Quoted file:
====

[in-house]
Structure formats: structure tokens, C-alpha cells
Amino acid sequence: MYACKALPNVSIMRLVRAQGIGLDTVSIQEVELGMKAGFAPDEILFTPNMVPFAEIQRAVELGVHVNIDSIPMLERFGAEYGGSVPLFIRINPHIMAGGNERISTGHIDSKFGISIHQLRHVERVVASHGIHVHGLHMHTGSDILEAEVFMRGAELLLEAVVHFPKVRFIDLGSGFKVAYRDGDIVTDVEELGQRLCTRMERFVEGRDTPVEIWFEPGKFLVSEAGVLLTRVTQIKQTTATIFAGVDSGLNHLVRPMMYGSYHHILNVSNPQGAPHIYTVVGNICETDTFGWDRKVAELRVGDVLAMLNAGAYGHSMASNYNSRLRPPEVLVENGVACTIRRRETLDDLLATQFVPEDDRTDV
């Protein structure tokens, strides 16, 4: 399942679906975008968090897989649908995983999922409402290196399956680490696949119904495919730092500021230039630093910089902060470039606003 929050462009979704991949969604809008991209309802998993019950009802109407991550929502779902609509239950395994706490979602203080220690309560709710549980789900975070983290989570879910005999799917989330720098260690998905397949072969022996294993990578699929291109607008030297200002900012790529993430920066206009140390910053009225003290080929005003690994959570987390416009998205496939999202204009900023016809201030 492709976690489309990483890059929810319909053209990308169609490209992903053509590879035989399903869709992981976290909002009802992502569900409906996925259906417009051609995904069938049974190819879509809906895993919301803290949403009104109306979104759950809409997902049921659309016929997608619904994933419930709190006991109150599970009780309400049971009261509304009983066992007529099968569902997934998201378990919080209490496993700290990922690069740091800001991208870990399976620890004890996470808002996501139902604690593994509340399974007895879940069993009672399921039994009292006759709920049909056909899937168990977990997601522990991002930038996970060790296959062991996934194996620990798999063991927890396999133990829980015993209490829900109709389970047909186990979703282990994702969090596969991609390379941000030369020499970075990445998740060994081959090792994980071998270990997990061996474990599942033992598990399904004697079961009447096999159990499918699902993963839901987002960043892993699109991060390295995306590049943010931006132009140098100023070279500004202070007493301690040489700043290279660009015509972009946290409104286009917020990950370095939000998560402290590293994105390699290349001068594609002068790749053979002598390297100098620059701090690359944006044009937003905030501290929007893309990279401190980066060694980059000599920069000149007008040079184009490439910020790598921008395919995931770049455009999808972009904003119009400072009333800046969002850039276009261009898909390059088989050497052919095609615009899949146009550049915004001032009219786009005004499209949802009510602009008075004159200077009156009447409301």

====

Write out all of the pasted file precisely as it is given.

[in-house]
Structure formats: structure tokens, C-alpha cells
Amino acid sequence: MYACKALPNVSIMRLVRAQGIGLDTVSIQEVELGMKAGFAPDEILFTPNMVPFAEIQRAVELGVHVNIDSIPMLERFGAEYGGSVPLFIRINPHIMAGGNERISTGHIDSKFGISIHQLRHVERVVASHGIHVHGLHMHTGSDILEAEVFMRGAELLLEAVVHFPKVRFIDLGSGFKVAYRDGDIVTDVEELGQRLCTRMERFVEGRDTPVEIWFEPGKFLVSEAGVLLTRVTQIKQTTATIFAGVDSGLNHLVRPMMYGSYHHILNVSNPQGAPHIYTVVGNICETDTFGWDRKVAELRVGDVLAMLNAGAYGHSMASNYNSRLRPPEVLVENGVACTIRRRETLDDLLATQFVPEDDRTDV
């Protein structure tokens, strides 16, 4: 399942679906975008968090897989649908995983999922409402290196399956680490696949119904495919730092500021230039630093910089902060470039606003 929050462009979704991949969604809008991209309802998993019950009802109407991550929502779902609509239950395994706490979602203080220690309560709710549980789900975070983290989570879910005999799917989330720098260690998905397949072969022996294993990578699929291109607008030297200002900012790529993430920066206009140390910053009225003290080929005003690994959570987390416009998205496939999202204009900023016809201030 492709976690489309990483890059929810319909053209990308169609490209992903053509590879035989399903869709992981976290909002009802992502569900409906996925259906417009051609995904069938049974190819879509809906895993919301803290949403009104109306979104759950809409997902049921659309016929997608619904994933419930709190006991109150599970009780309400049971009261509304009983066992007529099968569902997934998201378990919080209490496993700290990922690069740091800001991208870990399976620890004890996470808002996501139902604690593994509340399974007895879940069993009672399921039994009292006759709920049909056909899937168990977990997601522990991002930038996970060790296959062991996934194996620990798999063991927890396999133990829980015993209490829900109709389970047909186990979703282990994702969090596969991609390379941000030369020499970075990445998740060994081959090792994980071998270990997990061996474990599942033992598990399904004697079961009447096999159990499918699902993963839901987002960043892993699109991060390295995306590049943010931006132009140098100023070279500004202070007493301690040489700043290279660009015509972009946290409104286009917020990950370095939000998560402290590293994105390699290349001068594609002068790749053979002598390297100098620059701090690359944006044009937003905030501290929007893309990279401190980066060694980059000599920069000149007008040079184009490439910020790598921008395919995931770049455009999808972009904003119009400072009333800046969002850039276009261009898909390059088989050497052919095609615009899949146009550049915004001032009219786009005004499209949802009510602009008075004159200077009156009447409301």